And that was when it had happened. He could not have told you why he did it. Never would he have thought he could do it. There were no brothers so united in love as Faramir and Boromir. Yet in a moment of frustration that had built to rage, Faramir found himself clenching his fist and sending it careening into Boromir’s face. The strength of the blow was such that the elder brother fell hard to the ground. He sat still, staring up at Faramir, a look of shock in his clear grey eyes.

Faramir fled. He did not stay to help his brother up or to apologize. He just knew in that impulsive moment that he wanted to be as far away as he could. He wanted comfort and he could think of no place to go except the Houses of Healing. He had been there so many times before and inside their simple structures sat one who could bring him what he needed. He ran so hard his chest felt like it would burst and by the time he reached the room of the Warden of the Houses of Healing bitter tears were streaming down his face.

“Faramir!” Elboron exclaimed. “What has happened?” He put aside the medicine jar he was holding and grasped the young boy’s arms in his hands. Faramir wanted to tell Elboron everything and tried to speak it all at once, but all he managed to do was gasp and sob.

“Wait… wait for it to subside. Let it calm. Then we may talk.” Elboron’s voice was soft and even in his misery Faramir could not help but admire this simple man. Elboron had been the Warden of the Houses of Healing for a very long time. Faramir was not sure of his age, but the deep lines that carved out his face and hands spoke of a tremendous number of years. Faramir had known him since birth; Elboron had been the first to lay hands on him as he aided Finduilas, Faramir’s mother, the day he was born. He had lent his aid again, five years later, working tirelessly to cure Finduilas of what ailed her; but she had wasted away regardless. After her death, Denethor had locked himself up in his room for days on end, sharing not his grief with anyone, but calling to himself Boromir at times. Faramir had found solace in the Houses of Healing and especially in the tenderness of Elboron. Elboron had become a second father to him and it was his comfort that Faramir knew eased his sorrow in that dark hour. Since that time, he had gone to Elboron often, to learn of lore and to watch his skillful hands at work. Faramir had learned much of peace in Elboron’s company. The Houses of Healing did much to teach Faramir of compassion and pity.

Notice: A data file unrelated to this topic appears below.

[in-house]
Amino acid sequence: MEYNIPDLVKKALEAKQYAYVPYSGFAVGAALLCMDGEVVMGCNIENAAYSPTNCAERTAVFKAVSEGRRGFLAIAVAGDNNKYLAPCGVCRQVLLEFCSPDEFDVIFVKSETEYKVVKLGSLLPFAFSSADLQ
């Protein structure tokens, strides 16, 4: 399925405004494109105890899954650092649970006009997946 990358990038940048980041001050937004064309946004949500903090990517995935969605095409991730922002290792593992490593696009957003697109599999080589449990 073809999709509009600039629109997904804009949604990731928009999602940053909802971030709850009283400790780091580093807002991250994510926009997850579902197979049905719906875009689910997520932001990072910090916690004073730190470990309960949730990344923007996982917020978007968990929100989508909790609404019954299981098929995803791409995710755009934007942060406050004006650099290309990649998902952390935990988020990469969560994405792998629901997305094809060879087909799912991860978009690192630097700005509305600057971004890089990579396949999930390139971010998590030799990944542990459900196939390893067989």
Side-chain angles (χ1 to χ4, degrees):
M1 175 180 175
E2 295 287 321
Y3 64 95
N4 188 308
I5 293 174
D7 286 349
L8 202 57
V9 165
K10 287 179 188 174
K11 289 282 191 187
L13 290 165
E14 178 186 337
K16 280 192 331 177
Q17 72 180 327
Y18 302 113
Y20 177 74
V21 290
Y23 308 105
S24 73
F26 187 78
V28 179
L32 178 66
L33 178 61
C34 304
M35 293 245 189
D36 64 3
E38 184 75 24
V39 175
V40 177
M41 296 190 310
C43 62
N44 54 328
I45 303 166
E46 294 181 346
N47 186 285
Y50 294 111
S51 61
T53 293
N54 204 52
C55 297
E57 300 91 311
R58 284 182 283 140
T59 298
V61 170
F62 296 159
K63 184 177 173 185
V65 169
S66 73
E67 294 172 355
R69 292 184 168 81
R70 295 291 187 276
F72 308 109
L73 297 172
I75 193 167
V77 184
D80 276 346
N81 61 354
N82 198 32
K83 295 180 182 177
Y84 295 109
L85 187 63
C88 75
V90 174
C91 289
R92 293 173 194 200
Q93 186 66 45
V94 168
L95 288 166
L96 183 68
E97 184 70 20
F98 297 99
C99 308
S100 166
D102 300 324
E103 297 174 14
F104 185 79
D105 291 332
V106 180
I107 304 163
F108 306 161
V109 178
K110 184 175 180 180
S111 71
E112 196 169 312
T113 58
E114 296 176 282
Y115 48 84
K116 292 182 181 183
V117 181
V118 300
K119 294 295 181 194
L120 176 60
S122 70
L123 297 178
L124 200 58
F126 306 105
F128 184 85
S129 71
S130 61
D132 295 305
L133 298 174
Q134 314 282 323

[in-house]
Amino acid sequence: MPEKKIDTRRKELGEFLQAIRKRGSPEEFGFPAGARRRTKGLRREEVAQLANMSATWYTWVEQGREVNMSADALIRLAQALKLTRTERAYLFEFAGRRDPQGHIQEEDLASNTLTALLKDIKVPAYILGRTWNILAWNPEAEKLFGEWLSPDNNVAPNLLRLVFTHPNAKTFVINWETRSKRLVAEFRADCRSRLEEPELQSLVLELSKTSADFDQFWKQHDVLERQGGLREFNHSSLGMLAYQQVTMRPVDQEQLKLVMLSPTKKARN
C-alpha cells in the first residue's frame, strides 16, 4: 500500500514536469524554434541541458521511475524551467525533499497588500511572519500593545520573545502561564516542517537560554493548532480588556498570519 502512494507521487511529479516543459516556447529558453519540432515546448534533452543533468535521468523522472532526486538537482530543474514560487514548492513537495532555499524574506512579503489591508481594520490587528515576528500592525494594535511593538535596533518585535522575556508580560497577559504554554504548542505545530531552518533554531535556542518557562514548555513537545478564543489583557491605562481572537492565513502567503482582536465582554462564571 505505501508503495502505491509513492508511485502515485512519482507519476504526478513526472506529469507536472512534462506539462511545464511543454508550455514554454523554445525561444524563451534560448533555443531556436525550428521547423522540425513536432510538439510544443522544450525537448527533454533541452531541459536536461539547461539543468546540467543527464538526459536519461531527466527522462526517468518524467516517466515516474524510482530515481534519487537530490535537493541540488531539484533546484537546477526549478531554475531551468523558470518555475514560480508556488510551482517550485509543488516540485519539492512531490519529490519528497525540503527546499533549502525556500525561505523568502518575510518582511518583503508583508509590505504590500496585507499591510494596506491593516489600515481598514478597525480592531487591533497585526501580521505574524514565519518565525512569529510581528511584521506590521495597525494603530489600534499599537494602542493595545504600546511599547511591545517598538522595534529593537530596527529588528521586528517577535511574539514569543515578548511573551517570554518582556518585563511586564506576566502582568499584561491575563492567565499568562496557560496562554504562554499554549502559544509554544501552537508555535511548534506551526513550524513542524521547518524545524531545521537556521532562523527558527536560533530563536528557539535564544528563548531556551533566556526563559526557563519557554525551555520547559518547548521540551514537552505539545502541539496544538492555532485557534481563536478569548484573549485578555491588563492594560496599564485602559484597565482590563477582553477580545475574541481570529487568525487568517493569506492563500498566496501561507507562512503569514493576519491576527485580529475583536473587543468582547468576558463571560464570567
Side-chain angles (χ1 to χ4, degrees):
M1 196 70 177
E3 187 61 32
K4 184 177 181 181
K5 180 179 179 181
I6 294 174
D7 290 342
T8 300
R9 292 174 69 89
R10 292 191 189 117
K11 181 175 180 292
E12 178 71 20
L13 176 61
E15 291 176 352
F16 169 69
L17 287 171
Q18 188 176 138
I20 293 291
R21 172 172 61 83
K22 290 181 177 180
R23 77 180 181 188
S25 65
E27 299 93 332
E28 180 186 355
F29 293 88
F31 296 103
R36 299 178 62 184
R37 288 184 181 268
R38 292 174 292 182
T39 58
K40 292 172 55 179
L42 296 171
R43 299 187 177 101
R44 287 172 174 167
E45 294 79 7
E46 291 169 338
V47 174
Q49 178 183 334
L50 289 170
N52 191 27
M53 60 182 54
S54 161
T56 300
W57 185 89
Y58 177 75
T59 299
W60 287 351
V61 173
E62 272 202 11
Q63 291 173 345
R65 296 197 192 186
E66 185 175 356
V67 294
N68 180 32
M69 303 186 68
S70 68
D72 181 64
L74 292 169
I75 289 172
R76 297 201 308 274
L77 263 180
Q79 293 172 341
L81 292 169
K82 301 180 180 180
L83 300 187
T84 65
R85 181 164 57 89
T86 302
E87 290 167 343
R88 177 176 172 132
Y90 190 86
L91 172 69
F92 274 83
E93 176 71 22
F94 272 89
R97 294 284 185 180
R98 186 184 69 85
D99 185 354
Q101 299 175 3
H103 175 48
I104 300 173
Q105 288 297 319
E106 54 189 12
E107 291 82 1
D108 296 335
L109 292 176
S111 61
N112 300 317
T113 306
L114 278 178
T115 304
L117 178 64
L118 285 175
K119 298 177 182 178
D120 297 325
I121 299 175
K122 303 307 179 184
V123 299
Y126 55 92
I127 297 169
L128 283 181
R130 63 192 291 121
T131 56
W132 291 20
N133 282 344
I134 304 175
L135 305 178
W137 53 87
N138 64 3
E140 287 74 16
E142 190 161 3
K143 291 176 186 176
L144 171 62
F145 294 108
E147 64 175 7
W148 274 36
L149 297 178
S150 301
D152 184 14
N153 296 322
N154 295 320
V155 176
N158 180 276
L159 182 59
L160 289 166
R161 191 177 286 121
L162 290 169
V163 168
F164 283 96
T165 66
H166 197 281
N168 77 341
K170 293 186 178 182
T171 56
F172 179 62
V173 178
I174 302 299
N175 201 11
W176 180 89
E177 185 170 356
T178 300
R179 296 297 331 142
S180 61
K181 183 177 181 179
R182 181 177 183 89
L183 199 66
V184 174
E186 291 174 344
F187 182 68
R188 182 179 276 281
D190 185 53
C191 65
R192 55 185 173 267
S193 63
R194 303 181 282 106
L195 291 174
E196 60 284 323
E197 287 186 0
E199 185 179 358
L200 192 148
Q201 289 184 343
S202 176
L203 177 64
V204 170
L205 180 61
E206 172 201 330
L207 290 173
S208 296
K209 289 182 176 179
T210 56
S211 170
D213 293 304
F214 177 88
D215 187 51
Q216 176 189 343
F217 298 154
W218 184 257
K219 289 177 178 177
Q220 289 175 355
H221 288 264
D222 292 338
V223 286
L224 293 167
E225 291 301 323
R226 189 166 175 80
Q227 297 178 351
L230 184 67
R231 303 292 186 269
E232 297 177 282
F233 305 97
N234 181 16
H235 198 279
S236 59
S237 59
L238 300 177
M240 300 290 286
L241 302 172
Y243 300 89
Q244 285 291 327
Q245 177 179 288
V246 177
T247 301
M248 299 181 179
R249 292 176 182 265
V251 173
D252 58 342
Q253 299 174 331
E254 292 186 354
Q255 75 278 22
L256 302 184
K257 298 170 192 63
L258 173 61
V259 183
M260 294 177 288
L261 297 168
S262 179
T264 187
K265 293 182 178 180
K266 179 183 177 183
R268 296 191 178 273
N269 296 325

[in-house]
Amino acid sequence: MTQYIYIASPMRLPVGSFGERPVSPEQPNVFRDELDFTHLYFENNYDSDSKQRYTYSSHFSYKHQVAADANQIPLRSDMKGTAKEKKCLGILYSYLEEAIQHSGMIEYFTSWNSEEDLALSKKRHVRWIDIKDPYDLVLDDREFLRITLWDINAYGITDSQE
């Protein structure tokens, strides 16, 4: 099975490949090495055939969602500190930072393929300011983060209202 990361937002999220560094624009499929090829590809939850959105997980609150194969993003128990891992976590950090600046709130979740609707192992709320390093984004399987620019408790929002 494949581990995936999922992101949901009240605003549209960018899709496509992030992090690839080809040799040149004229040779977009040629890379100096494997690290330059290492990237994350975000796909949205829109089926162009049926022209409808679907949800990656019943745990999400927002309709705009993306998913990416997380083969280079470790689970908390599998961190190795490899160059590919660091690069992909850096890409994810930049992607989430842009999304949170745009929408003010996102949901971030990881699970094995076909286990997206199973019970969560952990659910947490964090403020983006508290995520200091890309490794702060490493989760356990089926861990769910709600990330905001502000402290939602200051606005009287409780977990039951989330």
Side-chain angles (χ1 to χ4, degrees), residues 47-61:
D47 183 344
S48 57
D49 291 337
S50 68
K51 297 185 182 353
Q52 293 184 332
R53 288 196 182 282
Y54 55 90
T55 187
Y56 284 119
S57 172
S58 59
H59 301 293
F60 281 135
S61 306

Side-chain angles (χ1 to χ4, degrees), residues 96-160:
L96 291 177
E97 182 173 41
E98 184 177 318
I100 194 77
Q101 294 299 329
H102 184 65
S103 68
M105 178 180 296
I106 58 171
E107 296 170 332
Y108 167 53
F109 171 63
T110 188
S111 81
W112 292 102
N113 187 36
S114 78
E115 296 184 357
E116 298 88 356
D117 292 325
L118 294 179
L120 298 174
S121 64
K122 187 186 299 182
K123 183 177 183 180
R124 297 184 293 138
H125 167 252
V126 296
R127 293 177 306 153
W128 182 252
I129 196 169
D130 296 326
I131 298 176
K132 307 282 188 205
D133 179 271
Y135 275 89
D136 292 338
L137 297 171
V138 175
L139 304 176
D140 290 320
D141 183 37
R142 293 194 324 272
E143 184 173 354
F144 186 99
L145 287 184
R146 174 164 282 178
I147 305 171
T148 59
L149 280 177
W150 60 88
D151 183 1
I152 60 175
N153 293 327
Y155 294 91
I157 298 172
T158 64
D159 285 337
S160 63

Now, as his tears abated, Faramir saw that Elboron’s gaze held much sympathy for him. “I see in your face troubles and that of family.”

Faramir took a deep breath then nodded.

“Your father?”

Faramir wanted to say it was his father, but Denethor’s words that had cut to the quick had been all but washed from his mind when he had struck Boromir. His brother had never treated him with anything but the highest regard. Faramir loved him as himself, even more so. Boromir had been his protector and helper at every point in his life. How could he have done it?

Allowing more air to flood his lungs, Faramir shook his head in answer to Elboron’s question.

Elboron raised his eyebrow sceptically. “Your brother?”

Faramir bowed his head and whispered. “Yes… Boromir.” And then the tale came spilling out: Denethor’s harsh words, Faramir’s suspicions, Boromir’s ignorance and the sudden punch.

Elboron listened quietly, though he grunted when Faramir mentioned the Seeing Stone. When it was all finished, Elboron smiled slightly, and then sighed.